Author : admin | Thursday, 25 April 2019
No enterprise wishes to be a dinosaur when it comes to innovation, and today, AI is on the forefront. With an estimated 80 percent of enterprises at the moment using AI in some form, the change to AI seems as widespread as the transition from typewriters to PCs.
Despite the hype, enterprises ‘sense’ the challenge: in a current study, 91 percent of companies predict significant barriers to AI adoption, including a lack of IT infrastructure, and shortage of AI experts to help the transition.
Still, a few organizations truly understand what lies ahead of them, and what it really takes to transition out of the AI Jurassic era. Let’s look more closely at the underlying realities of AI adoption that your internal AI group or consultant will never tell you.
The Use Case: Turning a Traditional Enterprise Into an AI-Enabled Organization
To paint a picture, let’s consider a hypothetical company, Global Heavy Industry Corporation (GHIC). Possibly their ambition is to decrease costs and improve quality in its production facilities via a corporate-wide deployment of AI.
The company produces industrial machinery that needs skilled workers to build complex machinery from parts, and has a number of control checkpoints to keep production quality. Currently, the process is totally manual.
With the recent raise in AI awareness, coupled with competitive pressures from lower-cost producers, GHIC has set forth an aggressive roadmap of exposing visual-based AI in their factories, by leveraging existing security camera infrastructures.
The first step? Collecting pertinent data for their models.
Myth No. 1: All the Data I Need for My AI Is Freely Available
The first hurdle GHIC faces is gathering and planning data for their visual AI. Data is AI’s DNA: neural networks and deep learning architectures depend on deriving a function to map input data to output data.
The effectiveness of this mapping function hinges on both the quality and quantity of the data provided. In general, having a larger training set has been shown make it possible for more effective features in the network, resulting in better performance. In short, large quantities of high-quality data bring about better AI.
But how do companies go about producing and preparing this data? Amassing and labeling (or annotating) is normally the most time-consuming and expensive step in data preparation. This process allows a system to recognize categories or objects of interest in data, and defines the appropriate outcome the algorithm should predict once deployed.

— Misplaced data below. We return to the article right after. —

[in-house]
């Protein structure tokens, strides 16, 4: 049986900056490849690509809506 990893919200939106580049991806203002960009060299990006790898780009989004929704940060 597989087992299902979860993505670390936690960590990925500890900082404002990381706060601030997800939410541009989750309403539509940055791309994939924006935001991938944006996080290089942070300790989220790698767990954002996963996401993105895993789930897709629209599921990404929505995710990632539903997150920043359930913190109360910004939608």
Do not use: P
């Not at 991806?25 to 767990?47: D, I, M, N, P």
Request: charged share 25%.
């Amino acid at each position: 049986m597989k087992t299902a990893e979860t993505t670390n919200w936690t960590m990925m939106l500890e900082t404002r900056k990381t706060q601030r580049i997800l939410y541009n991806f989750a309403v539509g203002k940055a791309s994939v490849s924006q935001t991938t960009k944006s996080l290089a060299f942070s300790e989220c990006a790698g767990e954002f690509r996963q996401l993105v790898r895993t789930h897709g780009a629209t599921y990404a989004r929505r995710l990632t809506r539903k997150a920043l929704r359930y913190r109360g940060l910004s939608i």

In so many cases, internal annotation is the main option for enterprises, because of privacy or quality concerns. This might be because data can’t leave the facility or needs extremely accurate tagging from an expert.
Myth No. 2: I Can Easily Hire AI Experts to Build an Internal AI Solution
The moment the data is prepared and ready, the second task is to construct the very first implementation of the AI system. This is exactly where the next set of challenges lies for GHIC. While there are a plethora of AI tools for developers, AI expertise is rare to find. By some estimates, there are just around 300,000 AI experts worldwide (22K PhD qualified).
Without a doubt, the need for AI talent outweighs the demand. While the option of accelerating training in AI is impracticable — it still needs four years to earn a Ph.D. — the only viable option is to lower the bar to entry, by introducing software frameworks that sidestep the need for in-depth knowledge of the field. Or else, organizations risk waiting forever to find adequate AI talent.
Myth No. 3: I Have a PoC, Building a Final AI Solution Is Just ‘a Bit More Work’
If GHIC gets to the point of finding the internal/external AI resources to put into service a Proof of Concept (PoC), they may assume that they are only steps away from deploying a final solution.
In reality, AI adoption requires a multi-step approach. For various organizations, the first step is a PoC. After many years of working in AI, I have seen countless PoCs fall short of implementation. In order to avoid wasted time and money, organizations must set a timeline, and define standards in advance that will ascertain whether the tech should go into production. A simple benchmark such as “if the PoC delivers X at Y functionality, then we will launch it here and here” would go a long way to help enterprises define an actual deployment scenario.
Myth No. 4: When I Get a Good Performance From My AI, I Don’t Need to Touch It Anymore
Let’s think GHIC gets past all the obstacles above, and successfully implements AI. Over time, GHIC will be challenged by consistently growing use cases or changing conditions, and the need to adapt their AI in a quick and inexpensive fashion.
Successful organizations look beyond today, to ask how their AI solution can scale in the long run. With AI systems of greater challenges, data storage/management, retraining costs/time, and overall AI lifecycle management tools are required to be sure an AI project fails to become a mess, or worse, ineffective.
Beyond AI Myths: AI Is Not a One-Off, It Is Here to Stay
GHIC has learned the hard way that AI seriously isn't a simple, one-off project. On the flip side, it can turn into a long, costly endeavor.
To effectively implement AI, enterprises will need to formulate internal teams mixing engineering, R&D and product, that work closely in building, testing, and delivering the application, and will oversee maintaining and iterating on it in the future.
And new tools are letting increasingly more organizations to accept AI adoption. By taking back control of their AI strategy, enterprises’ teams will be able to quickly build AI solutions, deploy and increase them over the AI lifecycle.
This article is originally posted on manufacturing.net